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The Brotherhood — Stavia
(Guerssen OSRCD065, 1976/2018, CD / LP)

by Henry Schneider, Published 2018-05-23

Stavia Cover art

The Brotherhood was a one-and-done band from Ohio that recorded and privately released their only album, Stavia, in 1972 (200 copies). Stavia is one of those elusive albums that some record collectors doubted existed. I find it interesting that some albums are just sought after because they are rare and nothing at all to do with the quality of the music contained on the disc. Stavia is a case in point. The music, at best, is mediocre soul and funk rock and not actually worth your hard earned money. Thank God it only took me about 30 minutes to listen through waiting to hear anything that would redeem the disc. The sound quality ranges from tinny to muffled. Those of you long in the tooth will most likely remember the nadir of rock we experienced in the early 70s between psych and punk. Stavia fits smack dab in the middle of that period and sounds typical of the Top 40 songs you would hear on the radio. Some of the songs feature Hammond organ, flute, and electric guitar. But the songs are uninspired, with the band sounding like they are just going through their paces. The lackluster performances are boring and there is no edge or grittiness to any of the music. Stavia is a very disappointing album and I find it curious that someone felt it worthy of a reissue.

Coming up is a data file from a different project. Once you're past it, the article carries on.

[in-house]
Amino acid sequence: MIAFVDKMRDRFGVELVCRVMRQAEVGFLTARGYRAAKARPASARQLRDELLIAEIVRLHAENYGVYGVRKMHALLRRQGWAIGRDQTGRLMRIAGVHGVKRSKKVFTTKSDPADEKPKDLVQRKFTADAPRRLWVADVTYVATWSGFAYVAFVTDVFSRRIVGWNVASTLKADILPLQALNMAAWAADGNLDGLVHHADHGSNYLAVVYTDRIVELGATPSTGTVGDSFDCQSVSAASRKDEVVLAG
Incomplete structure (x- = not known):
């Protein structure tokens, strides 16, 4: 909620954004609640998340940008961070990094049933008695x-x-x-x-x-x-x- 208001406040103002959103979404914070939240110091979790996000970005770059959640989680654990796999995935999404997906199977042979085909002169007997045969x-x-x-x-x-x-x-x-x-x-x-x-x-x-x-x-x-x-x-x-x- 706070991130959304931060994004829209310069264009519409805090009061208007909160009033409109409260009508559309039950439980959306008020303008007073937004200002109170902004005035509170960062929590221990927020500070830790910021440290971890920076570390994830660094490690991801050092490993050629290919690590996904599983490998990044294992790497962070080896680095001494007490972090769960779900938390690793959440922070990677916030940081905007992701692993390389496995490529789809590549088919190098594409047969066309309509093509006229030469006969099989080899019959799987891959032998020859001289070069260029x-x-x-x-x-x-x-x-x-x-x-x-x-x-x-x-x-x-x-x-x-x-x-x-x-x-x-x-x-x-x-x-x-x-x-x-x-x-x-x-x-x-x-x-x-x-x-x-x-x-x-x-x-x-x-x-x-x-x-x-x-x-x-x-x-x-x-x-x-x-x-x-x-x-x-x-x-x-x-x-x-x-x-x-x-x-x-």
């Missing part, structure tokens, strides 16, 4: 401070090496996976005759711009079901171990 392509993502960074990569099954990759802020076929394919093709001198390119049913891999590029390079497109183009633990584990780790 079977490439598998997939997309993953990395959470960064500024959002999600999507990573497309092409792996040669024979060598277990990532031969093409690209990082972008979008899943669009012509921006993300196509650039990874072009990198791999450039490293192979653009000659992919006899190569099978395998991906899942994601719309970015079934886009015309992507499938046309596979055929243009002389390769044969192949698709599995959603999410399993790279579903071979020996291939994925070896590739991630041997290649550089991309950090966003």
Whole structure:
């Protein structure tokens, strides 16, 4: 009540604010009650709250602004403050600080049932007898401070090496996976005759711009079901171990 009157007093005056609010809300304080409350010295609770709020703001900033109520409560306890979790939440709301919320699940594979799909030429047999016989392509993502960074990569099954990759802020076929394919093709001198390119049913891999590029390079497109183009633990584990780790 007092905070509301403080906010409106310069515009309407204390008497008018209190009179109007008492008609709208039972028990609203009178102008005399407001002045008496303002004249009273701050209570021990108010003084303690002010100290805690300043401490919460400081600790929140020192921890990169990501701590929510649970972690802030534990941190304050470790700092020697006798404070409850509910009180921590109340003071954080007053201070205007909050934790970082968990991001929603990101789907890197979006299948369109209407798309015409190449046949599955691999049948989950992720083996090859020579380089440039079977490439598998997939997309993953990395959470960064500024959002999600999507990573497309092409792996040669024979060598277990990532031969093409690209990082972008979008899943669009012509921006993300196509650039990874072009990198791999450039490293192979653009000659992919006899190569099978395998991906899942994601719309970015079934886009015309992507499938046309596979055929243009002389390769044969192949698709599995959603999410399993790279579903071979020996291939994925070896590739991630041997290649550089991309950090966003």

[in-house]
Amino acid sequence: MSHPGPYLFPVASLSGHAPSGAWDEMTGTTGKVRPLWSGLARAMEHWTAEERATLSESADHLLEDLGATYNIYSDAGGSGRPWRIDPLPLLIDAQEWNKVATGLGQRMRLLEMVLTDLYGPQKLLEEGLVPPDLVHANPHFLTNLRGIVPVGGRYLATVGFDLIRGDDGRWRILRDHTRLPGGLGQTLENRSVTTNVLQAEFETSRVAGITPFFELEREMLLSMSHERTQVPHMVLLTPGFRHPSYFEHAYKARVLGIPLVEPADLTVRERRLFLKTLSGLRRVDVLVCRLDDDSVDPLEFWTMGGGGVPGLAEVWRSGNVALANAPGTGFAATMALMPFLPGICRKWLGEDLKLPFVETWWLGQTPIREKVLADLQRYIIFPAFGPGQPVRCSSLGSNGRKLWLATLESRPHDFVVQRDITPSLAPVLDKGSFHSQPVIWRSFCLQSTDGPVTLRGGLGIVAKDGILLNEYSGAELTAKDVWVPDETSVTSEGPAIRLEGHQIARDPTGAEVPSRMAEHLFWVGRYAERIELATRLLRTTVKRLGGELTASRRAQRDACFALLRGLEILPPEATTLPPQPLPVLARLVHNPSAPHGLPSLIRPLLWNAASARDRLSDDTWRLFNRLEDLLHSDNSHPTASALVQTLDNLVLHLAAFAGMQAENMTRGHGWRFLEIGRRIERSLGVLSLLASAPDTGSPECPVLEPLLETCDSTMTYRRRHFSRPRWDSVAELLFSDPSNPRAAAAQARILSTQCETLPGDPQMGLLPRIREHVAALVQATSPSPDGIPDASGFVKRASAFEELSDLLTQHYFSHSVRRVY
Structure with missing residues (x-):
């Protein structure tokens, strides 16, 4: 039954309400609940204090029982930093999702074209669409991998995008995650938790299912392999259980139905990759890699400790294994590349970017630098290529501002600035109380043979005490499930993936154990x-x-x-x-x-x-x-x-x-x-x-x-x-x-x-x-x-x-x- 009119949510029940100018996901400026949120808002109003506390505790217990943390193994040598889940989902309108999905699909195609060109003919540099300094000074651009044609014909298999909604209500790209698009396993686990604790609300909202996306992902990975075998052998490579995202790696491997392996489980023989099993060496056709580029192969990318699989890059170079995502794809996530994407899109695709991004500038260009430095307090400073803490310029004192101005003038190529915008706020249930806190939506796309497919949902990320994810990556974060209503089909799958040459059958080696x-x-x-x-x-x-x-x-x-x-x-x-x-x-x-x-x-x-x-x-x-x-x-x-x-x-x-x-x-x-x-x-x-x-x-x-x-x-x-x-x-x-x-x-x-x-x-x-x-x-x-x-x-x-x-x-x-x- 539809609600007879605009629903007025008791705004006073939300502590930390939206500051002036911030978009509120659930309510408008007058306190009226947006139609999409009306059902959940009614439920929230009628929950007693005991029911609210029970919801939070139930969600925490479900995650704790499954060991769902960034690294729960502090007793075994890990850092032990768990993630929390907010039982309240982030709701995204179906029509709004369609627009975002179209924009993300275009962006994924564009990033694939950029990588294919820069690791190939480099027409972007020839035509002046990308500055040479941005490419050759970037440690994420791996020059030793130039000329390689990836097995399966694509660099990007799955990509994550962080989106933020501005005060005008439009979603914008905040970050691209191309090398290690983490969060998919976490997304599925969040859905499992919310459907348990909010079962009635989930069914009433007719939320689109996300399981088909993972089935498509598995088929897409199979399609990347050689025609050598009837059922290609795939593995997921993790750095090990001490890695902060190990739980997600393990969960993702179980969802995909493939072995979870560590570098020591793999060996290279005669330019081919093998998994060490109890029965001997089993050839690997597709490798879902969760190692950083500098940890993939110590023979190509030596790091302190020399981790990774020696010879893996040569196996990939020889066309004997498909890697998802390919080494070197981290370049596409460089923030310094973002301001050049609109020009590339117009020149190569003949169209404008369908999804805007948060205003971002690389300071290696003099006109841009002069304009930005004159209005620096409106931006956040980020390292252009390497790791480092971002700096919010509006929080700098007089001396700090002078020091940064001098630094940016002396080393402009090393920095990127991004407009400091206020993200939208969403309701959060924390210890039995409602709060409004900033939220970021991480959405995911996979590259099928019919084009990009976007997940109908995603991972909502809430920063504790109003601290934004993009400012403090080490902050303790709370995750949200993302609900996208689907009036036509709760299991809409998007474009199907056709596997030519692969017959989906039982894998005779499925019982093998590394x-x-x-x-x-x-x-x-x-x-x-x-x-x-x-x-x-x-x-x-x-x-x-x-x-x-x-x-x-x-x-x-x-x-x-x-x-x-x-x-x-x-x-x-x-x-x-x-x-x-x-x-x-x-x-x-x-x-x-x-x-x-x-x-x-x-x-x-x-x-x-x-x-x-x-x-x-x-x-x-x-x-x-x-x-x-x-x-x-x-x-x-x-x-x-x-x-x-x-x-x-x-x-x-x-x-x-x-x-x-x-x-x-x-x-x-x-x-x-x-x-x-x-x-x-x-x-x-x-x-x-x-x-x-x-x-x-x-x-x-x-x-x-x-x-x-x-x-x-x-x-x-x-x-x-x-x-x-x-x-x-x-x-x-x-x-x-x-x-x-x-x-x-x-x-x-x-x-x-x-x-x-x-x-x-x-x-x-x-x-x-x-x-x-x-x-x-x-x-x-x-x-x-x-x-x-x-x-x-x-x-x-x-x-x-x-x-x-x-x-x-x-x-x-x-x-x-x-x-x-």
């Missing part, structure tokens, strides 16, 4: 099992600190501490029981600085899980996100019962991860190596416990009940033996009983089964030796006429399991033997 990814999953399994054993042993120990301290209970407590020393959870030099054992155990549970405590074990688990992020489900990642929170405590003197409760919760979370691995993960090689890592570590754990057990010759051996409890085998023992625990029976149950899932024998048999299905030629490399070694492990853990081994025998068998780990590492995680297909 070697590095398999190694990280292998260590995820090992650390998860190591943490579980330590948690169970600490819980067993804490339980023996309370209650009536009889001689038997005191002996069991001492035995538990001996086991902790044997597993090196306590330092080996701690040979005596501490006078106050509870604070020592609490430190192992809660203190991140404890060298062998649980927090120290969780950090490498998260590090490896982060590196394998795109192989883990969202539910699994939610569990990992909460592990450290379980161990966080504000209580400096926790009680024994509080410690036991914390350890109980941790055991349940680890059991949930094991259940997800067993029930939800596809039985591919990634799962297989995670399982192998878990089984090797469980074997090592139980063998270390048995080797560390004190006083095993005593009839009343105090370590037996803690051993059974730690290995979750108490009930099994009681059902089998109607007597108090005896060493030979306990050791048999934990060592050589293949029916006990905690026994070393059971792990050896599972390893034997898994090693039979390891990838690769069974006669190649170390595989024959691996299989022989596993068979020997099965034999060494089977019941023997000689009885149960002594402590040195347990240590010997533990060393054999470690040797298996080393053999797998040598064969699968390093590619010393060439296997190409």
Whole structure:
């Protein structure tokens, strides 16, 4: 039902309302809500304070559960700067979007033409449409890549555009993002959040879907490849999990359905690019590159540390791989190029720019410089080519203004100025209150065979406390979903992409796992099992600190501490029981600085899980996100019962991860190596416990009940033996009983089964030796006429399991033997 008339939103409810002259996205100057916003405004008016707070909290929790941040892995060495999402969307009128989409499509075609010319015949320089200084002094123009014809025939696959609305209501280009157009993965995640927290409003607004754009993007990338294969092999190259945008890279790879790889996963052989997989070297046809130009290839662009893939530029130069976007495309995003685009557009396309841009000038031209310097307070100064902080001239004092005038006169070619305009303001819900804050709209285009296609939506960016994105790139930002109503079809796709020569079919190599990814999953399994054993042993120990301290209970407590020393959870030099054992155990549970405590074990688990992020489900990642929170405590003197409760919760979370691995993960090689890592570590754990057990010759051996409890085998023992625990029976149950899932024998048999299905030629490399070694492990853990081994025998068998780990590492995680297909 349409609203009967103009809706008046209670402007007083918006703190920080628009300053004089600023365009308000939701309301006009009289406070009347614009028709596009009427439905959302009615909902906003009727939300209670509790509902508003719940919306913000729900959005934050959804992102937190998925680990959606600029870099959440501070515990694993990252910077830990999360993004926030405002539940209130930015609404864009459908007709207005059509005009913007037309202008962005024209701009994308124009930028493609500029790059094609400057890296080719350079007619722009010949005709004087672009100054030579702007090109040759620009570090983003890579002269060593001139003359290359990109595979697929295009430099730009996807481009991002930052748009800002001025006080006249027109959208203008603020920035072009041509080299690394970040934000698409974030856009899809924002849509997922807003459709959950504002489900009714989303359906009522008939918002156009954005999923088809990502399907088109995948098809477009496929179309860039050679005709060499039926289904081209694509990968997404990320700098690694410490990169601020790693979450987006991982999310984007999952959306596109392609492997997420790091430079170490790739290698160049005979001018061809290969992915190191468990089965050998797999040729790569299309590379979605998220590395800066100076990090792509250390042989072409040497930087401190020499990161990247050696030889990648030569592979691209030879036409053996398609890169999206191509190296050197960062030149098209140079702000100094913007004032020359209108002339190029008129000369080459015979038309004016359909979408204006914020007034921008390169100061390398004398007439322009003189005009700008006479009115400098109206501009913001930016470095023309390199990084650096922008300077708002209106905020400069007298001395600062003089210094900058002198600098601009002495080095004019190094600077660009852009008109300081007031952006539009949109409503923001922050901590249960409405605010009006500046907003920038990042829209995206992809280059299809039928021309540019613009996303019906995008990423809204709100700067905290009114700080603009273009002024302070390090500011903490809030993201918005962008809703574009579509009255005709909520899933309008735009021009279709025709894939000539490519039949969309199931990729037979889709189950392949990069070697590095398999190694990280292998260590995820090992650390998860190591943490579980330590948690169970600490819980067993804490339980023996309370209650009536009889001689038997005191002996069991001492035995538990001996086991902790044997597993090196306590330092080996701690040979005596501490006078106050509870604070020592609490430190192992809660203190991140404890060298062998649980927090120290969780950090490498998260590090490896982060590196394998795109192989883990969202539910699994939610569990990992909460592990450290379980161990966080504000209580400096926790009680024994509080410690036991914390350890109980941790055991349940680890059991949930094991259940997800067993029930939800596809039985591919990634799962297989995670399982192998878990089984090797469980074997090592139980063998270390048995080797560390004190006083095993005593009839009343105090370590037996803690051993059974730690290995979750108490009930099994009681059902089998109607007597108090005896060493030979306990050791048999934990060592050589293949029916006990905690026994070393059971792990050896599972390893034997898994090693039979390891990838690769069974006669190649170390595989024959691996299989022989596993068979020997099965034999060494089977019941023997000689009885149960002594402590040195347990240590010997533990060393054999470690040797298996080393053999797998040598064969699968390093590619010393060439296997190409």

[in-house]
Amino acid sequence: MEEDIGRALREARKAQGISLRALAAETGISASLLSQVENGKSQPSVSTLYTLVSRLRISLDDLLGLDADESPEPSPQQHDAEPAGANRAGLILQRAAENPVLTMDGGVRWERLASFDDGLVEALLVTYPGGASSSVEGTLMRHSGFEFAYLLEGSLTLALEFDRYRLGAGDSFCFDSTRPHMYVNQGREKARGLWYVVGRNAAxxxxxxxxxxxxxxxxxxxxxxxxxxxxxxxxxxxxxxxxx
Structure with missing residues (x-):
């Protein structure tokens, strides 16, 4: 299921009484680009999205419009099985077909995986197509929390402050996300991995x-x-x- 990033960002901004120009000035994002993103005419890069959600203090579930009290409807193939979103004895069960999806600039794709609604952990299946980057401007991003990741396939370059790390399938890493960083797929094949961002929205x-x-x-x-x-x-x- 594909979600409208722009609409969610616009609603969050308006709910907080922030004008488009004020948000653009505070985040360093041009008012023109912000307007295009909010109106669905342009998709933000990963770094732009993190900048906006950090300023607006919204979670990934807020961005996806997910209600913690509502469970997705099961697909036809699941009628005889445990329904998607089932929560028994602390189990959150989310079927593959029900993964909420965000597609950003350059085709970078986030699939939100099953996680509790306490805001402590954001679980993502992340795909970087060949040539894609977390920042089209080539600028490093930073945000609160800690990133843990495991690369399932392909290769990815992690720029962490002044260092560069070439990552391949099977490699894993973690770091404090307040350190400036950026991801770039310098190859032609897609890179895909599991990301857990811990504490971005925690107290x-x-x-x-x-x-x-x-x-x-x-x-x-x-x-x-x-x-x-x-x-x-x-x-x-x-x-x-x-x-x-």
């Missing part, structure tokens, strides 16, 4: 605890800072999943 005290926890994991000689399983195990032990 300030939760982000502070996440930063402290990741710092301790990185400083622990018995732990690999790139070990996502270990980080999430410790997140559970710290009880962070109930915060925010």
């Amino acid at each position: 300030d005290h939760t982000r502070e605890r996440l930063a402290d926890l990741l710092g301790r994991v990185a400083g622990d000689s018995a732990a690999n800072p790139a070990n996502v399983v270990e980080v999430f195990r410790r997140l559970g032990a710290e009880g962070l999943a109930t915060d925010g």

Filed under: Reissues, 2018 releases, 1976 recordings

Related artist(s): The Brotherhood

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